Arts & Crafts


Puces POP at POP Montréal 2013
Église St-Michel
105 St-Viateur ouest
Montréal, Québec

Oh wow, POP Montréal was three weeks ago! Alas, I never got around to blogging about it until now. But I had such a great time wandering around the Mile End and partaking in various events of the indie music festival, including the very much loved arts and crafts fair, Puces POP. Hence, this is worth mentioning now though we’re already midway through October.

It was actually my first time dropping in at Puces POP which, as part of the POP Montréal festival was held in the basement of Église St-Michel, the looming landmark in the Mile End neighbourhood. A few years back I had attended the performance by the Montréal art bands The Luyas and Yamantaka // Sonic Titan, but every September I am so swamped with fall time busyness that POP Montréal comes and goes without a blip. Until this year. I had a good friend visiting me from Toronto and because she is always in the city for work, I figured it would be fun to show her around other parts of the island and indulge in some artsy-fartsy-ness, a throwback from our old days in art school.


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As an exclusive user of virtual calendars, contact lists, and notes, I have come back to the fold of paper-based agendas. How did this happen?

Two years ago, I went to Indigo Bookstore here in Montréal in search of a proper, physical agenda — paper ones that you can actually write with a pen. A sales associate showed me their current collection which was a measly three or four hard cover books that did not meet my size and content specifications. Since then, I have relied entirely on my Google Calendar, Google Tasks, Google Contacts, and Apple Notes. I used to have both a paper agenda and my virtual organization platforms that I would access with my laptop. But once I got a smartphone, I transitioned entirely to the virtual agenda. I thought to myself, “How on earth did I live without a smartphone?!”

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Spring has sprung here in Montréal with blue skies, bright sun, and above zero temperatures. One of the tasks I had scheduled for myself this long Easter weekend was to repot some of my plants, which are composed exclusively of cacti. To be specific, my goal was to pot my collection of moon cacti into individual pots but to make this more fun, I decided to make this into an easy arts and crafts session using used candle jars.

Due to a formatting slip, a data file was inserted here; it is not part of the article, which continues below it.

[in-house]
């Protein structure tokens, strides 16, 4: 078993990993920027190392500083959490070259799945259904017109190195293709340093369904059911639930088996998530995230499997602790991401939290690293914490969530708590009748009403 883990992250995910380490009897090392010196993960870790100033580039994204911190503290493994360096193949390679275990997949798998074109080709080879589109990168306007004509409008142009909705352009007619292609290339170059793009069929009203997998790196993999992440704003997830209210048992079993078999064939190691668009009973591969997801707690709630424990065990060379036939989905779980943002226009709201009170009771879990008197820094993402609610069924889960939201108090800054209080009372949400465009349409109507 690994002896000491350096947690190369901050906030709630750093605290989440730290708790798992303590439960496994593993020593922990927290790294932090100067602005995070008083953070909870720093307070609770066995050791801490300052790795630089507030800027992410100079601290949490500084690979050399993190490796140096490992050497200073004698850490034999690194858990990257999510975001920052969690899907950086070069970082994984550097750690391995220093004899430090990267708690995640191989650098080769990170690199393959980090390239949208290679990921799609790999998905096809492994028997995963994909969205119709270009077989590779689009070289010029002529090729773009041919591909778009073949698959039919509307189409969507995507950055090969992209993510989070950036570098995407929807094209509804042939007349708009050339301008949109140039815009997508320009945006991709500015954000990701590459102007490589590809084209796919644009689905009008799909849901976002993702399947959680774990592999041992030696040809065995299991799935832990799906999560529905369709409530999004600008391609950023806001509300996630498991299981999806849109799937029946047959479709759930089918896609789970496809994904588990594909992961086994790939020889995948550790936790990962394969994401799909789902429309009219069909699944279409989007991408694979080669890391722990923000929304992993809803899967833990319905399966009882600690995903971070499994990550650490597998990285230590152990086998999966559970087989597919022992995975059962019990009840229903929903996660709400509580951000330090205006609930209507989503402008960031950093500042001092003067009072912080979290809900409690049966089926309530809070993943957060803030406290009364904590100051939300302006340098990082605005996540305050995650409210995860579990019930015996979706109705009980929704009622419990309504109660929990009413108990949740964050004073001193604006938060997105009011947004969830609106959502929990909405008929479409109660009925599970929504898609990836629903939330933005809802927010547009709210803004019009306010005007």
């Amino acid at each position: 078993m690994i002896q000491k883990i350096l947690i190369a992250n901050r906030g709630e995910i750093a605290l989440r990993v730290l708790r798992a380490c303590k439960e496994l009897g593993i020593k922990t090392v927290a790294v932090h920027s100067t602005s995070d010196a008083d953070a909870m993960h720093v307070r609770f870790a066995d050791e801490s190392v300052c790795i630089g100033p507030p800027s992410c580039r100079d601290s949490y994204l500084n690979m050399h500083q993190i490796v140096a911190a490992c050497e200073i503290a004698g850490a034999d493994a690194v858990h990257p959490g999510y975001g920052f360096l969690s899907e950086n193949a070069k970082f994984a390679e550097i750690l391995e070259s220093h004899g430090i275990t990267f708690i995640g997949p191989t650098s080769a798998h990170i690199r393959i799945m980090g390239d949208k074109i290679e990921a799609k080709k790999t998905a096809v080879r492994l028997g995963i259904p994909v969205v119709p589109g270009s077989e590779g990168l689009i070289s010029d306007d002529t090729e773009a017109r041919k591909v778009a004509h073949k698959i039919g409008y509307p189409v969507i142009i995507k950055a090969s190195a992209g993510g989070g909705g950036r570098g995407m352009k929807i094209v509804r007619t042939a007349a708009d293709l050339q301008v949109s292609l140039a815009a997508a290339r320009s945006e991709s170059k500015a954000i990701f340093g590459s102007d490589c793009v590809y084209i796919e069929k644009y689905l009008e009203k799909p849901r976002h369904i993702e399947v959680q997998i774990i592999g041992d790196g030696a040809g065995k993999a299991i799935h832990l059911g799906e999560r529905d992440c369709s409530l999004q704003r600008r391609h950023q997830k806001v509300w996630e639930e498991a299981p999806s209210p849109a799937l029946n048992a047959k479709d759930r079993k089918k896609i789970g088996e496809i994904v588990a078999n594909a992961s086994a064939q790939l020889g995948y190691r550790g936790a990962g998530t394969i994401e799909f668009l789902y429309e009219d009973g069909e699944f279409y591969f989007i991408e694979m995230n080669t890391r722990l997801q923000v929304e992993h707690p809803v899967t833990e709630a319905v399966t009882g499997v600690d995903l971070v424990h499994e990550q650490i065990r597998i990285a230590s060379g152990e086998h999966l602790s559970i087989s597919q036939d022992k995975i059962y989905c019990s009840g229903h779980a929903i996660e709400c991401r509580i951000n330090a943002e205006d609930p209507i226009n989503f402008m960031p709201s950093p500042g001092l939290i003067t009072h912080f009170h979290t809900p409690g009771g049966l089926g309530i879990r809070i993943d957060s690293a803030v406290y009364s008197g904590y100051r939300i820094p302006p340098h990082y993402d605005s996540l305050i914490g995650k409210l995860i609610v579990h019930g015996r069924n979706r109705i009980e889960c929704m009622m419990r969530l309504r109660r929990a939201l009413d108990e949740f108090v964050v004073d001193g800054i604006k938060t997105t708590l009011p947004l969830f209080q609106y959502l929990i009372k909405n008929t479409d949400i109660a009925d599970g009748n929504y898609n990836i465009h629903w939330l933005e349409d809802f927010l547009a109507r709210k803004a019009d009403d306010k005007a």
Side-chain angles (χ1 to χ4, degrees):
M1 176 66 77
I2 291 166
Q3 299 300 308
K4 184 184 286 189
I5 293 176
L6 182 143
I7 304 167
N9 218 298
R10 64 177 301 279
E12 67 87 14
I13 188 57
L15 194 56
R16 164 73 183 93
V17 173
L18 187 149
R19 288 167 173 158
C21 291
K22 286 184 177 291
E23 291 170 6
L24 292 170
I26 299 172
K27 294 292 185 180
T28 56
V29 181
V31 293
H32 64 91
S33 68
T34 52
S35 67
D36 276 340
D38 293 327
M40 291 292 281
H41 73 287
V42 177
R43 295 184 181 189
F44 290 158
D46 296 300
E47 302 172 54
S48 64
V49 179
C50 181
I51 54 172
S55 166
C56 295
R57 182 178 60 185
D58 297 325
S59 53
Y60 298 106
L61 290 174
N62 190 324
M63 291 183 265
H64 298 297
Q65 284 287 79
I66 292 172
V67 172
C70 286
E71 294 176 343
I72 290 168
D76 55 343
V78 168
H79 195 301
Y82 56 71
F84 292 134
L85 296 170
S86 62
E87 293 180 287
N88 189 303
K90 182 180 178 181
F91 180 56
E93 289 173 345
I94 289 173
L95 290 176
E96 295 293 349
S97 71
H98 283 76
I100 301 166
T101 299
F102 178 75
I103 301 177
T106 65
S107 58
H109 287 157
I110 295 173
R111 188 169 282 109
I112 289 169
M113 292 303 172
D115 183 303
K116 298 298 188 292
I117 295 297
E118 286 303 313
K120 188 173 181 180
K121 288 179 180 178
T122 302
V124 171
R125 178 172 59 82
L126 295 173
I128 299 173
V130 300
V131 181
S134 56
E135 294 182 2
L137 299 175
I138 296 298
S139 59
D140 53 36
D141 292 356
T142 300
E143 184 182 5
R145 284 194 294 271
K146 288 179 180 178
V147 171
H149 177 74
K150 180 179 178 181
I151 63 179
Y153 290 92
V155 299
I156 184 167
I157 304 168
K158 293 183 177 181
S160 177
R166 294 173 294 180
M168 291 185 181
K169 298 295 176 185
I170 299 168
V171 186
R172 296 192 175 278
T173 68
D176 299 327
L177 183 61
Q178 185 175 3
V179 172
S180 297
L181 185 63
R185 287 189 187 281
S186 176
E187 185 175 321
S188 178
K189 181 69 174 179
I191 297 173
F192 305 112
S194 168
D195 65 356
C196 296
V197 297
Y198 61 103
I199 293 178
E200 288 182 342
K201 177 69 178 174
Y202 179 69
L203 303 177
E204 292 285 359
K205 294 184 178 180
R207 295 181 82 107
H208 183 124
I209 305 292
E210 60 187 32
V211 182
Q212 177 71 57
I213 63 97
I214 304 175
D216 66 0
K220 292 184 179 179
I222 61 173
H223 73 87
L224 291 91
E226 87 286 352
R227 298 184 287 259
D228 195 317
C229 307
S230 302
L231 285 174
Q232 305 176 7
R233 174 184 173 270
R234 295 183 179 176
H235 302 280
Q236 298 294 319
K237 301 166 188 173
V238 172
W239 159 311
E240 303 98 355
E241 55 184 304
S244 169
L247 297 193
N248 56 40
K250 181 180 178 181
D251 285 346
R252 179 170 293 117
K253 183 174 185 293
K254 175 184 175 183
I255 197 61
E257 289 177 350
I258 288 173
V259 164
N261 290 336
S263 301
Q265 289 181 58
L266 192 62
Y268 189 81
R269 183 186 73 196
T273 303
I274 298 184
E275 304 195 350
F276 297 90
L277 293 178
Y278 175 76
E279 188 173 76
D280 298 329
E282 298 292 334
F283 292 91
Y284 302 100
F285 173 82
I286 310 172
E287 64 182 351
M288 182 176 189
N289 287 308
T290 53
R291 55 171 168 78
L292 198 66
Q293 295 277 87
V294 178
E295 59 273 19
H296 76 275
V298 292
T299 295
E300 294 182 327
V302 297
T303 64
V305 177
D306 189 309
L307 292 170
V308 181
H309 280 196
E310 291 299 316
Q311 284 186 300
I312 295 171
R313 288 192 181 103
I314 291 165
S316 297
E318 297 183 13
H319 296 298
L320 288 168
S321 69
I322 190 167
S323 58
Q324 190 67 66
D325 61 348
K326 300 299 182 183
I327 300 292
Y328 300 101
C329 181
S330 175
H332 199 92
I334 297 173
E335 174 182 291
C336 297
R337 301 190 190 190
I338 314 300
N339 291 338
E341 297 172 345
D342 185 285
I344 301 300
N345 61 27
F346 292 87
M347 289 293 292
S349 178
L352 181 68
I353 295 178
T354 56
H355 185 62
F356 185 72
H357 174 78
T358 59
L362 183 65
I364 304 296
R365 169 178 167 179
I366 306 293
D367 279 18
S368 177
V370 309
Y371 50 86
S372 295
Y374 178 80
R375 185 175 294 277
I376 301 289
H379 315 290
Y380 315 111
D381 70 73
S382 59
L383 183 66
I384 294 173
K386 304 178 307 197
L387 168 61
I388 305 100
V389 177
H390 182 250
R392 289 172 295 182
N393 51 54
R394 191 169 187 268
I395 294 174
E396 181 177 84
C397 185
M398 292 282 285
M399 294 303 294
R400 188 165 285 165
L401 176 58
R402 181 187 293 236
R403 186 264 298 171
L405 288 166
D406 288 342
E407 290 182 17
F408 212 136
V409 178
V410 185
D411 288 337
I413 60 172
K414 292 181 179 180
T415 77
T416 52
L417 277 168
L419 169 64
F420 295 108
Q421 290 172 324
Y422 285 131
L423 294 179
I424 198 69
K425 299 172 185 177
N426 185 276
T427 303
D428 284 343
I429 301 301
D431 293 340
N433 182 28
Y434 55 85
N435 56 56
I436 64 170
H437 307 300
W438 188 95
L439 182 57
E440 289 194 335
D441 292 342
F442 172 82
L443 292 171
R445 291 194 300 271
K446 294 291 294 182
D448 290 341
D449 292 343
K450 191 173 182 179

First a disclaimer: I am not a plant expert! I did not always have cacti and in fact, for pretty much all of my adult life, I did not grow any plants. This is despite being surrounded by a forest of plants in my childhood home, which my mother tended to and cared for inside our suburban dwelling. She had a green thumb and the plants grew tall and robust under her care, meaning that a collection of approximately fifteen plants took up a large portion of our living room. My family called this area the “jungle” because that is exactly what it was — a smorgasbord of plants large, stout, small, flowered, spiky, with big leaves, and small leaves.

I did not inherit my mom’s ability to be the plant whisperer, and my various attempts to grow pants were always a bust. My first plants were small pots of cacti that my parents permitted me to purchase as a child; I loved how they were purchased as small, baby creatures that came with seemingly straight-forward directions. However, I always managed to kill my cacti, and my memory is fuzzy in terms of whether I drowned them in too much water though that seems like the probable diagnosis. Since then, I never owned a plant though I did tell myself that eventually I would have a jungle of my own.